Welcome to

Tioughnioga Lake Preservation Foundation

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Getting Down in the Weeds: 

Or Underwater Vegetation…If You Will


It’s easy for people to think of anything that grows under water as a weed. More appropriately, whatever grows down there is underwater vegetation. Most of the vegetation in DeRuyter Lake is native to the lake and contributes to the health of the lake and its fish population. Paul Lord helped many understand the lifespan of underwater vegetation  by suggesting we imagine the bottom of the lake as lawns or gardens covered with water. Flowers, seeds, weeds, annuals, perennials, insects and everything else are there. Thinking of underwater vegetation that way, it is easier to appreciate the cycle of life occurring out of sight under the water before our eyes.


And with that bit of the big picture, it’s time to look at DeRuyter Lake’s underwater vegetation situation and introduce the initial effort of the foundation.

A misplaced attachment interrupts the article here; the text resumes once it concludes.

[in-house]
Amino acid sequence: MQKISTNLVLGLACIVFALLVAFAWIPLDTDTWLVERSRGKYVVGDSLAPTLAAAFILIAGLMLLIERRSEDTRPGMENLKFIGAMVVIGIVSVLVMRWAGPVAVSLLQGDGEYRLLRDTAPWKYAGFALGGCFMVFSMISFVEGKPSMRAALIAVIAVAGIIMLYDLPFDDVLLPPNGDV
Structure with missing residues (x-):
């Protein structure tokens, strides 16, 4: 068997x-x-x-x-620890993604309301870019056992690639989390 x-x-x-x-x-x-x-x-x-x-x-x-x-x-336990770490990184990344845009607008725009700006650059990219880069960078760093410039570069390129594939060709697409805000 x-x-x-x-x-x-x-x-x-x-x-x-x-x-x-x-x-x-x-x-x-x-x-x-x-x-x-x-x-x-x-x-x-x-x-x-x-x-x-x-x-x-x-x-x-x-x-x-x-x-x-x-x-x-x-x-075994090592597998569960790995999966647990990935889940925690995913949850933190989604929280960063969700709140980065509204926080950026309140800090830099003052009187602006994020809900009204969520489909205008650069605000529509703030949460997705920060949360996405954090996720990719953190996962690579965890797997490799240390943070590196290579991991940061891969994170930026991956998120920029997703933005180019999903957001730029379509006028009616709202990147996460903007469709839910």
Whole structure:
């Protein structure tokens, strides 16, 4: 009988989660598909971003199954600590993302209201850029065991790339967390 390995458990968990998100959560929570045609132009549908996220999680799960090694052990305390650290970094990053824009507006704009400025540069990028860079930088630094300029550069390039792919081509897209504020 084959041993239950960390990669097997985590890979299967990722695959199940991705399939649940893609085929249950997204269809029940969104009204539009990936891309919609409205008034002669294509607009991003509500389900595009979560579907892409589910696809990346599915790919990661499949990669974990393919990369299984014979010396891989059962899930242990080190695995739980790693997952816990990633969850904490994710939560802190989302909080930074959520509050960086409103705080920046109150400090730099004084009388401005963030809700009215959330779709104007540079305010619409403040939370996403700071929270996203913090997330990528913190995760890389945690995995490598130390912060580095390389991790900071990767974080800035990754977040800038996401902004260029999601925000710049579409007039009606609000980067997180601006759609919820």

The first project of Tioughnioga Lake Preservation Foundation is the informally titled “fish project.” Succinctly, walleye pike fingerlings are stocked in the lake in large numbers. Those pike grow quickly by feeding on the lake’s plentiful population of small bluegills and sunnys. The blue gills and sunnys eat a “bug” that feeds on Eurasian milfoil. Ergo, more pike, fewer sunnys, more milfoil eating bugs and less milfoil. Simple premise. 


Several important facts are part of the story. This is a natural process. No chemicals. The cost is in a five figure league for a few years, not six or seven! And best of all, it has a proven track record. The milfoil won’t disappear, but it will be controlled. That isn’t too much to ask.